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Our holdings include hundreds of glass and film negatives/transparencies that we've scanned ourselves; in addition, many other photos on this site were extracted from reference images (high-resolution tiffs) in the Library of Congress research archive. (To query the database click here.) They are adjusted, restored and reworked by your webmaster in accordance with his aesthetic sensibilities before being downsized and turned into the jpegs you see here. All of these images (including "derivative works") are protected by copyright laws of the United States and other jurisdictions and may not be sold, reproduced or otherwise used for commercial purposes without permission.

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[REV 25-NOV-2014]

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Filigree: 1937

Filigree: 1937

New Orleans, 1937. "Le Pretre Mansion, 716 Dauphine Street, built 1835-6. Joseph Saba house." Another look at the so-called Sultan's Palace, last seen here. 8x10 inch acetate negative by Frances Benjamin Johnston. View full size.

On Shorpy:
Today's Top 5

Yes and N.O.

Still looking great for a 174-year-old structure. Man, I love New Orleans. For all of its warts, the city draws me back, time and time again.

Restrained Architecture

Without the cast iron, the house would appear as it was built - a subdued but
grand chunk of Greek Revival. Notice that the stucco has been scored to
resemble ashlar blocks. The cast iron was added later... probably in the
1850's when New Orleans was obsessed with the trend. The entablature
is missing above the capitals along the length of the ground-level ironwork,
and appears to be still missing today.

I ain't afraid of no ghost

The gents on the banquette don't seem to mind if the house is haunted. They look very relaxed.

Still there, etc.

Covered in the previous post (scroll down to the comments).

Harem Scarem

The original source of the bizarre ghost stories and "legends" attached to the Le Pretre Mansion appears to be a nutty little book written in 1922 for the tourist trade by Helen Pitkin Schertz, "Legends of Louisiana," published by the New Orleans Journal. A photo of the mansion in this book is captioned "The House of Tragic Mystery," accompanying Schertz's story "The Brother of the Sultan."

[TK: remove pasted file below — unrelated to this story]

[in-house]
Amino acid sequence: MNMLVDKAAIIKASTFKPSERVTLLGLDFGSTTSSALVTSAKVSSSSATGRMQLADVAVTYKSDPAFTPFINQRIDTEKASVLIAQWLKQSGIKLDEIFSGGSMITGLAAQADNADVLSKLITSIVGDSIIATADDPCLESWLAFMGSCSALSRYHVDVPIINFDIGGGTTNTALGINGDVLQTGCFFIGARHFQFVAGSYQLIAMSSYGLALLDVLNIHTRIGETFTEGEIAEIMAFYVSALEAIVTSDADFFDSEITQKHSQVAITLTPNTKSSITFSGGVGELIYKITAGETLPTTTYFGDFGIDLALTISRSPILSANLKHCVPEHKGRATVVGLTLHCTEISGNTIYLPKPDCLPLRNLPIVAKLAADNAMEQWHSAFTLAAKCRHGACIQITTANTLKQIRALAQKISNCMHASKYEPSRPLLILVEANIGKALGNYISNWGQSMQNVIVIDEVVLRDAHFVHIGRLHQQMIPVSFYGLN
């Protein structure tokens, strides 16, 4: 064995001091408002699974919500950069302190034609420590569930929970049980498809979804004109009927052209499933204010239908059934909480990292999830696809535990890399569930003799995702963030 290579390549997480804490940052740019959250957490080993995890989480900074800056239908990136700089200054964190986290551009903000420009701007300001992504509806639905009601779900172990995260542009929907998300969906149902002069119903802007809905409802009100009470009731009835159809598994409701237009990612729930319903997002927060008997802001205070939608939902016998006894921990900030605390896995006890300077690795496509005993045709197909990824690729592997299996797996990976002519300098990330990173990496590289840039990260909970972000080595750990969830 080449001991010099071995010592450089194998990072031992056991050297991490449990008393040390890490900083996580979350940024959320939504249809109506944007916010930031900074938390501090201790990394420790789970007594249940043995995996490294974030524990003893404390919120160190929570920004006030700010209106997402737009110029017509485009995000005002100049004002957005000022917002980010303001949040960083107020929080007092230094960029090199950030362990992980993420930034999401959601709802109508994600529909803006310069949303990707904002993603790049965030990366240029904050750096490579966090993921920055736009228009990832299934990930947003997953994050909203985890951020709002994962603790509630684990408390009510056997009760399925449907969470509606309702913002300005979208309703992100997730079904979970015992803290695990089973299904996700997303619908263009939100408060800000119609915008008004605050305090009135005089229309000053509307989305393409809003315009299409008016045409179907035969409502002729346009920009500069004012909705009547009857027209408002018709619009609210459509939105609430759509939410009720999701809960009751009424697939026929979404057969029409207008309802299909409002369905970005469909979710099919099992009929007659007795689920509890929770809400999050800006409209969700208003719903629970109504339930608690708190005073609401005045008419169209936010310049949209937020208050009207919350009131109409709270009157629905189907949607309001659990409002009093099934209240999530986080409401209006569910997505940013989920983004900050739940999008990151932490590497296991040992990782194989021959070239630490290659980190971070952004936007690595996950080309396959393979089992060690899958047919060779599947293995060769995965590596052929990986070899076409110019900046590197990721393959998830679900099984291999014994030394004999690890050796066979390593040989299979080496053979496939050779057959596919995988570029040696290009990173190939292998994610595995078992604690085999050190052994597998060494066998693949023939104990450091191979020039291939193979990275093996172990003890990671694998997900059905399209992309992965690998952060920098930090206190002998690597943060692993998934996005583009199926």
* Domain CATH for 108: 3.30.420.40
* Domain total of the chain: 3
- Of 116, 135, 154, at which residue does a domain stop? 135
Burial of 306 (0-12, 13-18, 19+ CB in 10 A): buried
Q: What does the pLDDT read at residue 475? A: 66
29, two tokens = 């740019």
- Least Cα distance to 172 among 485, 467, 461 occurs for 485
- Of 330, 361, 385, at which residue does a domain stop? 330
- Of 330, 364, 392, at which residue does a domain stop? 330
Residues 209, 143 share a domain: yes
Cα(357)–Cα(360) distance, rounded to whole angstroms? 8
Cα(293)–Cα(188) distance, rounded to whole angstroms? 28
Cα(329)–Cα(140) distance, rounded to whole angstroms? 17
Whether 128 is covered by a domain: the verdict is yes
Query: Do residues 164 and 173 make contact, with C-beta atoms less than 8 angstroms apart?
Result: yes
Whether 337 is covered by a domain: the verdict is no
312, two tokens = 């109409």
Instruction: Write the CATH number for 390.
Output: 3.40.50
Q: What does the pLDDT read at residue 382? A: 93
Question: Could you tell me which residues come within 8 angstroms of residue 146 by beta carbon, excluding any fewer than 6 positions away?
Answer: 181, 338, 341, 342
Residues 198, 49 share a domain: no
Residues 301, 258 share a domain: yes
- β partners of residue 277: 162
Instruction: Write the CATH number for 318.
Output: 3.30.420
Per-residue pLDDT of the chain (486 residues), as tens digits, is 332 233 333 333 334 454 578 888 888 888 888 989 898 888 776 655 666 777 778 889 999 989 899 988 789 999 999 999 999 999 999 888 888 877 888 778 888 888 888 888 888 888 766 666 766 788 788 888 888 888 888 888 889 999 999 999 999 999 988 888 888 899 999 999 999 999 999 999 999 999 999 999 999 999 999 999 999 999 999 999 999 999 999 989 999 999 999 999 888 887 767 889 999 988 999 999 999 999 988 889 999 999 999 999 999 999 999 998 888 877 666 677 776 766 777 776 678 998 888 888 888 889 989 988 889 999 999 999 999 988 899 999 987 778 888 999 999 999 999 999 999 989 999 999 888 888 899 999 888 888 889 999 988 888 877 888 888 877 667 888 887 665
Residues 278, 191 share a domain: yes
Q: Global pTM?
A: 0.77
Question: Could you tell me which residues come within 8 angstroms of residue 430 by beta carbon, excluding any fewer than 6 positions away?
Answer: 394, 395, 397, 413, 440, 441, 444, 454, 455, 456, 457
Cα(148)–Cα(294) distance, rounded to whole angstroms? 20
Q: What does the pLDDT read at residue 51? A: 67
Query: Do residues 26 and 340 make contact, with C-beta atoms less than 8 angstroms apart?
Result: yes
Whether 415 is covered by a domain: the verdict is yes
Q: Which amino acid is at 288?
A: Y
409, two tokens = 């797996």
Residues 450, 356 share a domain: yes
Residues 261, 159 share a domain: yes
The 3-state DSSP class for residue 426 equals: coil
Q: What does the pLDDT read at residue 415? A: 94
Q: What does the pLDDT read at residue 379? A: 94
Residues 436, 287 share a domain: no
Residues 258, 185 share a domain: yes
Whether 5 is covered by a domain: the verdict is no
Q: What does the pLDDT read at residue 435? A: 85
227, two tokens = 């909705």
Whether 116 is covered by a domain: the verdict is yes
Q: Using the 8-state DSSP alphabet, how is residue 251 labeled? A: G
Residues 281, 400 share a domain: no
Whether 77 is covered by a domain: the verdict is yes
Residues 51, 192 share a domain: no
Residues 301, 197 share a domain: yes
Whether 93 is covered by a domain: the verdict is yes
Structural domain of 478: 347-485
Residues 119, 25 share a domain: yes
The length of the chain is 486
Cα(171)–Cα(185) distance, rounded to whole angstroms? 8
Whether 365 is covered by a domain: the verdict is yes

Although the house was built and added to by two owners in the 1830s, Schertz dated her almost unreadable story to 1792. Unreadble? You decide. Here's an excerpt from a typical paragraph:

Thus it came about that in the grandiose mansion where Christian piety was domiciled, whence conventional young women issued for daily Mass at the Cathedral three squares away in direct view, little shrines were removed and benitiers that had purified thoughts for holy themes. A steamboat bore the always expectant, always happy sons and daughters to the plantation with their horde of slaves, the most zealous care of the daughters being the preservation from sunburn of their creamy skins. What had been the horror—or, perhaps, the interest,—of these convent-bred damsels to learn that into their chaste quarters, converted into a haremlik, were borne palpitating bundles, which, unrolled, revealed lovely, veiled children younger than themselves: Nefysseh of Alexandria ; Mihrima of Stamboul; Sitta of Aboukir; Djumeila of the Nile and, fairest among them, Butheita the daughter of the Bedouins, raped from the desert for a Caliph's beguilement.

Stripped down archicture

If you take off the wrought iron latticework, you would have a very plain looking building. No detailing around any of the windows, no cornicework. It would pass as some other warehouse down by the river. The owners must have blown the project budget on all the iron scrollwork.

SHORPY HISTORICAL PHOTO ARCHIVE | History in HD is a vintage photo archive featuring thousands of high-definition images from the 1850s to 1960s. (Available as fine-art prints from the Shorpy Archive.) The site is named after Shorpy Higginbotham, a teenage coal miner who lived 100 years ago.

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